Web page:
BEN and Ria Merito have already seen remarkable growth in the three girls who came into their care about 18 months ago.
The Ocean Reef couple shared their experiences as foster carers ahead of an information session in Joondalup next week, where they will be available to talk to people interested in becoming carers.
They became carers in early 2016 and looked after some boys short term, who were then reunited with their family, before the three sisters arrived for a weekend of emergency care.
That turned into long-term care and the girls, now aged 6, 5 and 3, are still living with them full-time.
“The highlights are seeing their development,” Mr Merito said.
They have been able to give the girls many first experiences, such as going to the beach and going to school.
Mr Merito said it was rewarding watching them grow, and the girls could now talk, helped by speech therapists.
One of the girls recently won a cross country race, and this month the family will do the City to Surf 12km run together, with the youngest child in a pram most of the way.
“When they first came to us, that’s one of the things that they loved to do was run, and that’s what we all do as a family,” Mr Merito said.
He is a teacher and Mrs Merito is a nurse, so both had seen children experiencing difficulty through their work and felt they could do something to help.
“I have kids in class that come from bad backgrounds or challenging backgrounds,” he said.
“We put our hands up to be foster carers.
“We just decided that fostering was a path that we would like to do.
“We didn’t know a lot about fostering before going to an information session ourselves.
“We just saw a need; we had a gut feeling that drove us to go and find out a bit more.
“It’s different from being in a classroom environment.
“There’s a lot of emotional need.”
From the day the girls arrived, they have called their carers “aunty and uncle” and formed an immediate attachment to them.
“The challenge is knowing what they have been through, seeing what they have been through,” Mrs Merito said.
“That’s also the motivation to keep going, even when it’s tough.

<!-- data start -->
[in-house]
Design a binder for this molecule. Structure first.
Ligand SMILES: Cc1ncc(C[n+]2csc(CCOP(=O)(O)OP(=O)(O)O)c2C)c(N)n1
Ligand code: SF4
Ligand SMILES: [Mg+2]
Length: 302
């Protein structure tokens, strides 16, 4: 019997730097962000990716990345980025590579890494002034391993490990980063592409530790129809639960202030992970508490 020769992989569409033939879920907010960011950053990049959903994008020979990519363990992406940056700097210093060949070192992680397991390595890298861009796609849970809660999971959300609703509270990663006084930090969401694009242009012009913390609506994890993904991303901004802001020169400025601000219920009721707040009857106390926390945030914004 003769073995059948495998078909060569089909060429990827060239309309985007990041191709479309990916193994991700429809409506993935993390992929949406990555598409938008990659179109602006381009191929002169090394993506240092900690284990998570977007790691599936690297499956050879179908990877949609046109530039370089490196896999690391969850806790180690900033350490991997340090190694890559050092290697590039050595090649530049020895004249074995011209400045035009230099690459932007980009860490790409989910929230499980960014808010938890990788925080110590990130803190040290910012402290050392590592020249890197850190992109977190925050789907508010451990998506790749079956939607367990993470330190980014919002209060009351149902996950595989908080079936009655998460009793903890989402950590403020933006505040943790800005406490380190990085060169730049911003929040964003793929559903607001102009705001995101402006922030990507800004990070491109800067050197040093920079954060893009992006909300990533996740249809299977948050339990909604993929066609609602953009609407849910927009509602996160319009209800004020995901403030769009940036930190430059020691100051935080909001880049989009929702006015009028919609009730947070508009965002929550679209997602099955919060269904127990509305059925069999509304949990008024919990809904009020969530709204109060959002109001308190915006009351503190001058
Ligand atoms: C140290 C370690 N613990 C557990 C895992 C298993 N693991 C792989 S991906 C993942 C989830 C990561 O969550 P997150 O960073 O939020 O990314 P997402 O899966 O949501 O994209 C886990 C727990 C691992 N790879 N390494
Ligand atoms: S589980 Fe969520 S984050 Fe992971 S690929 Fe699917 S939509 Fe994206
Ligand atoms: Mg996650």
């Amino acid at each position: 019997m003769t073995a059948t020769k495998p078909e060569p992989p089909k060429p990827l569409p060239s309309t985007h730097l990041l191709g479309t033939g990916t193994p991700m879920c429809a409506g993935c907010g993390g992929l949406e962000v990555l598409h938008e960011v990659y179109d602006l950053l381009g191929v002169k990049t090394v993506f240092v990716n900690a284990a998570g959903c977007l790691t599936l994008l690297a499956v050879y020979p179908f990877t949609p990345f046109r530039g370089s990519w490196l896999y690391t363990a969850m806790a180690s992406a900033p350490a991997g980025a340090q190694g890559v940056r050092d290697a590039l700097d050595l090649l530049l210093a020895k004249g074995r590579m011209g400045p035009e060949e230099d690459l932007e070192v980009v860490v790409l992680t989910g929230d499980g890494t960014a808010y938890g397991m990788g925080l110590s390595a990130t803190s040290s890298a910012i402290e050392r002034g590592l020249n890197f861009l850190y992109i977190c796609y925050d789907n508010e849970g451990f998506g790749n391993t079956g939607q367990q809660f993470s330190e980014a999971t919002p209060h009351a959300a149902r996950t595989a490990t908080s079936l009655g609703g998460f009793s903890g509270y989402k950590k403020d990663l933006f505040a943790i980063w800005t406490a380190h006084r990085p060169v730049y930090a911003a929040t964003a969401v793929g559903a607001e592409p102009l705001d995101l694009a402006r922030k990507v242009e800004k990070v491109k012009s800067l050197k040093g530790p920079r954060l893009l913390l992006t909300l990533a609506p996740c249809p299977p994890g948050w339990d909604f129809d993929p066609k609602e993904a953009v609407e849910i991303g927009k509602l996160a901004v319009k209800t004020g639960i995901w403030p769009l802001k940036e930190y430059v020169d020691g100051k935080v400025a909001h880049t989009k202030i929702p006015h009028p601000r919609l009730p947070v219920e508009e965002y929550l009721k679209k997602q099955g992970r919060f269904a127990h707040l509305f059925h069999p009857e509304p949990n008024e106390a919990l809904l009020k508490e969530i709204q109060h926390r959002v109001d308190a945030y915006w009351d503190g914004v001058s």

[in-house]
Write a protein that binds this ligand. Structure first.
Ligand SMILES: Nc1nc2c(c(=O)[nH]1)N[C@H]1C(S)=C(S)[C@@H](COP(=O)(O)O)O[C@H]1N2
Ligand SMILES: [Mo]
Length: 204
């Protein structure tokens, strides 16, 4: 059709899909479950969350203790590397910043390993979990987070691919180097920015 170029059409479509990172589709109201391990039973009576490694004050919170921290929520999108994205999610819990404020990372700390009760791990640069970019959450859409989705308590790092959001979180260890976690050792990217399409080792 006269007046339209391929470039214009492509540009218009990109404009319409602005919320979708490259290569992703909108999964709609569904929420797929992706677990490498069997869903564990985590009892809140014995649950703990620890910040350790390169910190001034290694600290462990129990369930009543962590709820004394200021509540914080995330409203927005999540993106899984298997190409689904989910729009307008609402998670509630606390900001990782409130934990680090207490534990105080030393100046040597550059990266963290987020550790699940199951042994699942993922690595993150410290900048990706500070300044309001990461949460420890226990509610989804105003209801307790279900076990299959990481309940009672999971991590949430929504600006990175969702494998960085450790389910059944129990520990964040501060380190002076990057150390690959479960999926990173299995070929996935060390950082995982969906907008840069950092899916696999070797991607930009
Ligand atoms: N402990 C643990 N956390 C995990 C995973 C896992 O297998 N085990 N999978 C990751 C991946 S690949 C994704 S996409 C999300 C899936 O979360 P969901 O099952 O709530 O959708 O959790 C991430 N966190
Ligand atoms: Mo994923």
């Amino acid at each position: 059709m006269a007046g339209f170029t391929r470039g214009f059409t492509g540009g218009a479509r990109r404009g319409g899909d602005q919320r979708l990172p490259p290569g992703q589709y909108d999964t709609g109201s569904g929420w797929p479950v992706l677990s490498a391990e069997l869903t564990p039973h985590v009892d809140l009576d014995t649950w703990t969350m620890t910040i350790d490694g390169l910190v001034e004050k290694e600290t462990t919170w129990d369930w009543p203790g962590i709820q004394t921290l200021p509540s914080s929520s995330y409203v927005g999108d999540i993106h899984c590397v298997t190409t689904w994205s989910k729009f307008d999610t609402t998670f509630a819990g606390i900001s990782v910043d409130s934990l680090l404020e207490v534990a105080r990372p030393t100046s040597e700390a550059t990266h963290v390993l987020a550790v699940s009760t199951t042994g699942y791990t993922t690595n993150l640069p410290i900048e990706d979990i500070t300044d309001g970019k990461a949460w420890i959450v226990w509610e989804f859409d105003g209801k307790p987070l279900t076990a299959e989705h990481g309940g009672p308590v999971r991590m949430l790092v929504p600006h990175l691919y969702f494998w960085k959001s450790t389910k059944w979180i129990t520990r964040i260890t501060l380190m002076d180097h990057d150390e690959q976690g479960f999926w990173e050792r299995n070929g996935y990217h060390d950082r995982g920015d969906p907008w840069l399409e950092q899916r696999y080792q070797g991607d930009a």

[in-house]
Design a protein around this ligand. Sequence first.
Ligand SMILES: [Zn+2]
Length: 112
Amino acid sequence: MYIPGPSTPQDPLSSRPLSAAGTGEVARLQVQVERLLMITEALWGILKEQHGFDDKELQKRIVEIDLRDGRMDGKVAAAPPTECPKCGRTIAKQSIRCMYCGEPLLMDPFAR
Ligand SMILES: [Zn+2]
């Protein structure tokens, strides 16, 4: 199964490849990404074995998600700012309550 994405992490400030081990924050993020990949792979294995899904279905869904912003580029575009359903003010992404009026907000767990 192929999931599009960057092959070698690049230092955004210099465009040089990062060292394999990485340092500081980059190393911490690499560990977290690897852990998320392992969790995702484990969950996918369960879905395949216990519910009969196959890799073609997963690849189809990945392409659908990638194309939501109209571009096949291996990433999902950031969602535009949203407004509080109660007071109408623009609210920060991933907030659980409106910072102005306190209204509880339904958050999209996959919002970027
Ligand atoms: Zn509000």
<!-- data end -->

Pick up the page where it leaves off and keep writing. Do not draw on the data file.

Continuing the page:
“It’s not really about us; it’s the children that are vulnerable.
“We focus on the need and what we can do every day for them.
“It doesn’t matter if they are our kids or not our kids; we can’t help everyone but everyone can help someone.”
The couple said helping children in care improved the future for both them and the wider community, ensuring stability.
“We all live in the same community and in every community there are going to be kids who need help,” Mr Merito said.
“It’s not only for the kids; we’ve got a lot out of it too.”
The couple said while they were busy running three businesses and managing four properties, they had not found it difficult to make time for the children.
They said the support provided by the Department of Communities (formerly Department of Child Protection and Family Support) included ongoing training opportunities, follow-ups and development therapy services for the girls.
“There’s a whole network that works around each sibling group (or child) that comes into care,” Mr Merito said.
The department will host the information session on Wednesday, August 23 from 6-8pm at 8 Davidson Terrace in Joondalup.
Anyone interested in finding out more information can attend and no registration is required.
Joondalup district director Ben Whitehouse said the department was looking for committed people who were willing to open their hearts and homes to care for children and young people in need.
“At our information session, we will run through what it’s like to be a foster carer, and the support and training opportunities available,” he said.
“We would like everyday people who are able to provide a safe and stable home on a temporary or permanent basis to come forward.
“Foster carers come from diverse backgrounds and socio economic groups, and can be single men or women, married or same-sex couples, with or without children, or young or old.”
In the Joondalup district there were 314 children in care on June 30, including 129 Aboriginal children who are cared for by relatives, a member of their Aboriginal community or other Aboriginal carers wherever possible.
When Aboriginal carers are not available, the children are cared for by local foster carers.
“Children are our greatest asset and many lives have been turned around because of the dedication and support offered by their foster carer,” Mr Whitehouse said.